The US representative, Zalmay Khalilzad (left), and the Taliban representative, Abdul Ghani Baradar (right), signing the Doha agreement on February 29, 2020

For the second round of talks, the Afghan foreign minister led the delegation, which included representatives from various sections such as health, education, security, finance, and the Central Bank of Afghanistan, last week for talks in Doha. The most significant aspect of these talks includes the surety that Afghanistan will not become a “launchpad for terrorism”.

For America, negotiations with the Taliban have always been a tough deal. It is high time to see what the outcome of these negotiations will be as both parties are ready to settle their issues through peaceful means, after a stretched tussle of two decades.             

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The spokesman of the US State Department, Ned Price, said that Tom West—the special representative of the US on Pakistan and Afghanistan—will have two days of talks with the Taliban officials. The two-day talks will be focused on the vital national interests of the US in Afghanistan. According to Price, the talks will also include a discussion on counter-terrorism, a secure passage for citizens of the US and Afghanistan, humanitarian assistance, and the economic situation of the country.

New Chapter for America and the Taliban

For the Taliban, the meeting is expected to open a “new chapter” of political ties between the Taliban and America. The two-day talks are expected to be held during the ongoing week and the Taliban’s official Arabic Twitter account states, “At this stage, talks will address opening a new chapter in political relations between the two countries, resolving economic issues, and the implementation of the terms in the previous Doha agreement.”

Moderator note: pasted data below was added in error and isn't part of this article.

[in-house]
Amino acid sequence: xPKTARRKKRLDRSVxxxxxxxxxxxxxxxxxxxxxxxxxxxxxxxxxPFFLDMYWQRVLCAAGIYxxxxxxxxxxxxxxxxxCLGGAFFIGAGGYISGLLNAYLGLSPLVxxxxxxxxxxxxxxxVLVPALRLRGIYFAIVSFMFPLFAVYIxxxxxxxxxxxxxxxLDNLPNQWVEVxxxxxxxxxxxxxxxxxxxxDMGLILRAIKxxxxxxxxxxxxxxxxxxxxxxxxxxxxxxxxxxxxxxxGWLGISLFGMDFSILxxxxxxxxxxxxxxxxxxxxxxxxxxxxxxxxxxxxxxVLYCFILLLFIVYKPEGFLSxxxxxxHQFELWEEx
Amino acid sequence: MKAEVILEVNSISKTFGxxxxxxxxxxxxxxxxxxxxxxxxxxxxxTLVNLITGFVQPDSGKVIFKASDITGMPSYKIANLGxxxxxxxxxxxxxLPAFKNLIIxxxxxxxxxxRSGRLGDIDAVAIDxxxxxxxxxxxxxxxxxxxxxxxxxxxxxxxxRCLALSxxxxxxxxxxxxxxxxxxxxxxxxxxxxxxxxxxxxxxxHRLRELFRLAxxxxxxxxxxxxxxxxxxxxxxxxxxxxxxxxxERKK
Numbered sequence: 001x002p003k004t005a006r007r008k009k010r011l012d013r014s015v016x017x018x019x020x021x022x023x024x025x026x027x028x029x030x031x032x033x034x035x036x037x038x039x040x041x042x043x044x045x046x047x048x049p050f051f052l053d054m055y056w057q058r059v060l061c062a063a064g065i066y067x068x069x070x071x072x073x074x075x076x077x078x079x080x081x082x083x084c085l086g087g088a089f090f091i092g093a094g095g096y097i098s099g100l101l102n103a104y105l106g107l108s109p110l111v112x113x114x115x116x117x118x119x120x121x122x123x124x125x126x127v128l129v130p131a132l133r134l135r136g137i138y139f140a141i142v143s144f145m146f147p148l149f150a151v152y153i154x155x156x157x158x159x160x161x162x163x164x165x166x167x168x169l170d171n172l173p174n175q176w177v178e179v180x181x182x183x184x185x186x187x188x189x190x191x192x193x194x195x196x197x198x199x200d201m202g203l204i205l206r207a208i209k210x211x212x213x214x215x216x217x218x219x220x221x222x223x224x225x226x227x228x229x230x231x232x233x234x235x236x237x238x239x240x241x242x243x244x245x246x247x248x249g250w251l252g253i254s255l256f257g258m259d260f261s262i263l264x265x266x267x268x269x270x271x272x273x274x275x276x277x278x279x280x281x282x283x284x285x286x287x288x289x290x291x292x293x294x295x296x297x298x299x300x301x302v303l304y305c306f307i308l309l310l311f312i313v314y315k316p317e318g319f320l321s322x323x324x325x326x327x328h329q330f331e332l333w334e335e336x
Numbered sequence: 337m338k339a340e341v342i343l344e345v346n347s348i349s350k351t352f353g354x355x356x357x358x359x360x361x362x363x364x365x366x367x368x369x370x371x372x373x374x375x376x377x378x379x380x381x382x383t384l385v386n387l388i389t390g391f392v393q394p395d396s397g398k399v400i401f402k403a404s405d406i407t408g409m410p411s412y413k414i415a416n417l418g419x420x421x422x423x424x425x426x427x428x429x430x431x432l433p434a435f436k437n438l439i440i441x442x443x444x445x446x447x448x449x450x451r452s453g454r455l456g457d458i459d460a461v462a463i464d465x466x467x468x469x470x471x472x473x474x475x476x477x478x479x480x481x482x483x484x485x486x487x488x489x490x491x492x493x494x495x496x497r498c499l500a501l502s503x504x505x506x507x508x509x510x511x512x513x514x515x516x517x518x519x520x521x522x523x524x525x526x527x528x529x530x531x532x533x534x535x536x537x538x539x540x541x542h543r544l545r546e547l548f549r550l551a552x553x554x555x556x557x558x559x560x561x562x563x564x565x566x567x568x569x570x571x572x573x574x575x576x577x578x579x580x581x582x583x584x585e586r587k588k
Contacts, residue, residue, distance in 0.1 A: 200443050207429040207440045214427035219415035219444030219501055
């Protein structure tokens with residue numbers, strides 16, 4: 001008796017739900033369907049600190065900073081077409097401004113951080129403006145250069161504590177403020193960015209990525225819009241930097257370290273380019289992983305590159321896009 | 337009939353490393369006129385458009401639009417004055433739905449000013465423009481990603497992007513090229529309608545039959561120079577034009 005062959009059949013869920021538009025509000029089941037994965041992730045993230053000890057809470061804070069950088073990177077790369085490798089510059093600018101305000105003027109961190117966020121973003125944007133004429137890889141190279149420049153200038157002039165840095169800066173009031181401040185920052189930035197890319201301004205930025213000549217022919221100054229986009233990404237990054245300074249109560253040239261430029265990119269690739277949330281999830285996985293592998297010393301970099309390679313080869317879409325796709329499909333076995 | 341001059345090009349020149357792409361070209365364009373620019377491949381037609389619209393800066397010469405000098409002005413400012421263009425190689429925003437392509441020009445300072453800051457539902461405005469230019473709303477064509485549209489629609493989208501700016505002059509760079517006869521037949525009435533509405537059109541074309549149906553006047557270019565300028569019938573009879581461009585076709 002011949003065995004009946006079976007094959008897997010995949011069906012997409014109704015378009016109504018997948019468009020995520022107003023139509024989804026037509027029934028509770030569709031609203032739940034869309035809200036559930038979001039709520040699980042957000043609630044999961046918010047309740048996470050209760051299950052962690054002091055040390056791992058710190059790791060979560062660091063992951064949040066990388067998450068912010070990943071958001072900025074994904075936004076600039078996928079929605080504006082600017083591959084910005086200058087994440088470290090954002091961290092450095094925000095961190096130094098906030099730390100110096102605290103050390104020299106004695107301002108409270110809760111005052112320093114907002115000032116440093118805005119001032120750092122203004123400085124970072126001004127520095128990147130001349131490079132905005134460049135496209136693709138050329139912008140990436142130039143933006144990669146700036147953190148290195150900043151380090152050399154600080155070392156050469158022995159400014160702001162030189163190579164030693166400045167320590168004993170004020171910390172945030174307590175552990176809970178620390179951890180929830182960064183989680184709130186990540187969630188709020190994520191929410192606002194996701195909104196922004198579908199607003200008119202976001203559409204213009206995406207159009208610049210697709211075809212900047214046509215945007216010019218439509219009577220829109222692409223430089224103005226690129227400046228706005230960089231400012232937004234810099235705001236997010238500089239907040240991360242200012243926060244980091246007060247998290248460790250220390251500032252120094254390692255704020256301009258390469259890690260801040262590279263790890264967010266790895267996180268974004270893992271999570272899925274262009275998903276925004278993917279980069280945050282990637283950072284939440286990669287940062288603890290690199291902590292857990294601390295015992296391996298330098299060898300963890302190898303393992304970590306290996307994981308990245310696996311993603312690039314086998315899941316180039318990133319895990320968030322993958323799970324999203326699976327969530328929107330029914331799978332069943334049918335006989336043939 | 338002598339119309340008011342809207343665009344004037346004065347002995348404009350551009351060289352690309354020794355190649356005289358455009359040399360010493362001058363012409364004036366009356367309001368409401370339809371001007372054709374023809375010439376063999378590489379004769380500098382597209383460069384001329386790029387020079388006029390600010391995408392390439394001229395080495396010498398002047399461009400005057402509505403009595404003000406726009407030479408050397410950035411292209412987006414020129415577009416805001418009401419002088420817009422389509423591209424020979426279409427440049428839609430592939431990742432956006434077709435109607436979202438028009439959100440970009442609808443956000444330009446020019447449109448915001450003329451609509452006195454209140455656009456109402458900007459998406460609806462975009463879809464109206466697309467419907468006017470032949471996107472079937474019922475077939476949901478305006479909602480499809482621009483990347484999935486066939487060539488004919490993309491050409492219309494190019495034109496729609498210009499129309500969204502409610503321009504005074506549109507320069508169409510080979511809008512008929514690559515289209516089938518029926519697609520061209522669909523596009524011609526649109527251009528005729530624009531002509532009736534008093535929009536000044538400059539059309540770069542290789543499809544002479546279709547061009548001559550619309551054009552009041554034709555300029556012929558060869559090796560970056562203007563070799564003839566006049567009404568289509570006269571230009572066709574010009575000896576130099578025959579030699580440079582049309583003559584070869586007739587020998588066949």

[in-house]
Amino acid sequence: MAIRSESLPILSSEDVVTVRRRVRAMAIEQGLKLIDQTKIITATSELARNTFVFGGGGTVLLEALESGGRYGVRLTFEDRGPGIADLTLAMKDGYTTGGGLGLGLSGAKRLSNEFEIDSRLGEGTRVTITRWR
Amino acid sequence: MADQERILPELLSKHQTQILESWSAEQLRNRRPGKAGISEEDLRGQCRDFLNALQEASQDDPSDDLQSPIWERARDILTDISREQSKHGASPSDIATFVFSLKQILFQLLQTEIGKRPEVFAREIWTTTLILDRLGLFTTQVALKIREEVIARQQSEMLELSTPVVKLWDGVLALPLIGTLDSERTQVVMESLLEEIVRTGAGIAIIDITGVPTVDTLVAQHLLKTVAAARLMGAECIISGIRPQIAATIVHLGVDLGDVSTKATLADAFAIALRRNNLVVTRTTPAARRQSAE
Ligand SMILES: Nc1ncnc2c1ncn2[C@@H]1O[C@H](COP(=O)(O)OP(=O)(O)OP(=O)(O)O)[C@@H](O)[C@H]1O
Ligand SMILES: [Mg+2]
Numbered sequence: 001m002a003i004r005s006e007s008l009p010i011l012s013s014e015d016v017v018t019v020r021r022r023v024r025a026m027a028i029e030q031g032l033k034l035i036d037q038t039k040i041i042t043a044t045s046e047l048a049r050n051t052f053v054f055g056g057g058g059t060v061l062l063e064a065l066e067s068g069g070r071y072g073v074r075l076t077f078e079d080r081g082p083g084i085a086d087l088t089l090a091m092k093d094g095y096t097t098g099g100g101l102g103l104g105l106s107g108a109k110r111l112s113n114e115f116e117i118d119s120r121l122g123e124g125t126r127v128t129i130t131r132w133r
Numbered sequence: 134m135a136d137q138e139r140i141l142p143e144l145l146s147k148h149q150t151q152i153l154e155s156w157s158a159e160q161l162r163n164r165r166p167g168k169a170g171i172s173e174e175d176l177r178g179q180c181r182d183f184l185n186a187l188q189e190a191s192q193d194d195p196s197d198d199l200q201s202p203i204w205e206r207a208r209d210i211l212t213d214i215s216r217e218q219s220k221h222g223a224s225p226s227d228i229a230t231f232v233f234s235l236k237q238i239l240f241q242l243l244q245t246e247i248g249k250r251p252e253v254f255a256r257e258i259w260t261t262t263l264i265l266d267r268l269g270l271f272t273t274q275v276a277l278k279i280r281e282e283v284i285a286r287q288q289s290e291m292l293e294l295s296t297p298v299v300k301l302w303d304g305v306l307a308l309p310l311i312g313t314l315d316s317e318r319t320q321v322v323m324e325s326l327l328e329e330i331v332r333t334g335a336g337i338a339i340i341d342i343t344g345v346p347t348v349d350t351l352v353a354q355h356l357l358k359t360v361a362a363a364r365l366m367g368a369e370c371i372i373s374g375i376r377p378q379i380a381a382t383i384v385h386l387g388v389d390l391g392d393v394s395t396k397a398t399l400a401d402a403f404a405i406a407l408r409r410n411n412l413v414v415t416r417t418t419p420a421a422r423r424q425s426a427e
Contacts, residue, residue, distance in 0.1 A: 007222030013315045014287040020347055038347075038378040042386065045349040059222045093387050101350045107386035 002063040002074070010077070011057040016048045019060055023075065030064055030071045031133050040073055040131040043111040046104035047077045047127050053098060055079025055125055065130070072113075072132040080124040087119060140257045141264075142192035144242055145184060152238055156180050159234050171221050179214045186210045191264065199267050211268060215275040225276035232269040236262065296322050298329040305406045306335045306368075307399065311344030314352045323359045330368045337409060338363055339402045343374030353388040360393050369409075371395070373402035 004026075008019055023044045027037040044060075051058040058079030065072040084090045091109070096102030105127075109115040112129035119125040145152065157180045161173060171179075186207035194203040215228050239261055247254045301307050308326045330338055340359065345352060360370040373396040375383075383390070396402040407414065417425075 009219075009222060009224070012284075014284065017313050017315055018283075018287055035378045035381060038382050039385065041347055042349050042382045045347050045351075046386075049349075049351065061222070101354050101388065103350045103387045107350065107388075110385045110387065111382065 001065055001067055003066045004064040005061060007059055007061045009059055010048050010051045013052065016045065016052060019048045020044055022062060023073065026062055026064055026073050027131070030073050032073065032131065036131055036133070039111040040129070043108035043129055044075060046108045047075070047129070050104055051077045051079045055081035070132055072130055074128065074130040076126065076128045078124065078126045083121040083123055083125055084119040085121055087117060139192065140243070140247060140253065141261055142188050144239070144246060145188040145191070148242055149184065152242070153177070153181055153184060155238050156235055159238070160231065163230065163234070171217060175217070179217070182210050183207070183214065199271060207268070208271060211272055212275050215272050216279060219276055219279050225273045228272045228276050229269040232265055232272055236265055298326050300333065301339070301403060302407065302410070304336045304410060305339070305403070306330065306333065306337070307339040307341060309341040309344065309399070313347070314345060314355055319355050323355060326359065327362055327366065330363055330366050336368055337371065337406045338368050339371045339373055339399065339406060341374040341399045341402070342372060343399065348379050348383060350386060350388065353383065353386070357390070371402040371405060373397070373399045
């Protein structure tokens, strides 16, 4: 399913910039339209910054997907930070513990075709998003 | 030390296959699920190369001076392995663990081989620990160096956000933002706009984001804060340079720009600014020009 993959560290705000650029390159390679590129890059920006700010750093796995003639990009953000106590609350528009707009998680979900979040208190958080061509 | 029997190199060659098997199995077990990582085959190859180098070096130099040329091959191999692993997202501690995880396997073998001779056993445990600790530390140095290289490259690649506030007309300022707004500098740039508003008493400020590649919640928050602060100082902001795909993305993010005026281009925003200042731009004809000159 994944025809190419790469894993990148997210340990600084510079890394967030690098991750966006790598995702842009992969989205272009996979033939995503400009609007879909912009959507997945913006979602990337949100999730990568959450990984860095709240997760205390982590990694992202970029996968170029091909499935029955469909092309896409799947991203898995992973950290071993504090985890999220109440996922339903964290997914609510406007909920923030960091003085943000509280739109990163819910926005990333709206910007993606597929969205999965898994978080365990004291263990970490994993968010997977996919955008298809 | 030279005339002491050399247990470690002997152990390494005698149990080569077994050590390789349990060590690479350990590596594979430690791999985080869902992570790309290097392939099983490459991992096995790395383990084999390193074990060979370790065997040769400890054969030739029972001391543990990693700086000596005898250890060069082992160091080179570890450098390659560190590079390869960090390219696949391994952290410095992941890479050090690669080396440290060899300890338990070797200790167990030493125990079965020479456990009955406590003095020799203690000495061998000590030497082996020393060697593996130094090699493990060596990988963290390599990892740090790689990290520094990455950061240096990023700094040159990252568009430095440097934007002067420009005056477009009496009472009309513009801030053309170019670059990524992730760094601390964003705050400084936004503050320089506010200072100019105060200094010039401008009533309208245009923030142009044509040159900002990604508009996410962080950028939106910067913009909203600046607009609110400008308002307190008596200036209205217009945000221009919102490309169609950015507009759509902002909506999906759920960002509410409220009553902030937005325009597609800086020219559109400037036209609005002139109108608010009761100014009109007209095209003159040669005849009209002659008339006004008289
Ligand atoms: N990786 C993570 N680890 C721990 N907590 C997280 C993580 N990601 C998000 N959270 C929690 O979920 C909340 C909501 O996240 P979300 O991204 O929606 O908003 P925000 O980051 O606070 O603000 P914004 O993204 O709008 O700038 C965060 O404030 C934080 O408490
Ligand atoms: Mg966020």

The Taliban government has not been officially recognized by the US and the state has laid out some prerequisites for the Taliban, essential for obtaining diplomatic and financial support. These requirements include equal access to education and employment opportunities, protection of minorities, women and girls’ rights, and most importantly, the installation of an inclusive government that will fight against terrorism.

Pakistan’s Stance

The Ministry of Foreign Affairs of Pakistan has reiterated the need for an agreement with the Taliban government in the international system in order to ensure peace and stability. After the takeover by the Taliban, Pakistan’s Ministry of Foreign Affairs (MOFA) has welcomed the second round of talks between the US and the Taliban that were held in Qatar.

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Asim Iftikhar, the spokesperson of MOFA, reemphasized Pakistan’s position that the world needs to engage in an agreement with the Taliban government. The interim government of the Taliban has called for international assistance that will help them fight against the humanitarian crisis caused due to the Taliban takeover in the middle of August.

Therefore, Pakistan has urged the international community not to stop Afghanistan as it fears the spillover effect of the humanitarian crisis on the 3 million Afghan refugees in Pakistan. Moreover, Prime Minister Imran Khan also announced humanitarian assistance—including food, medicines, and other assistance—worth $28 million.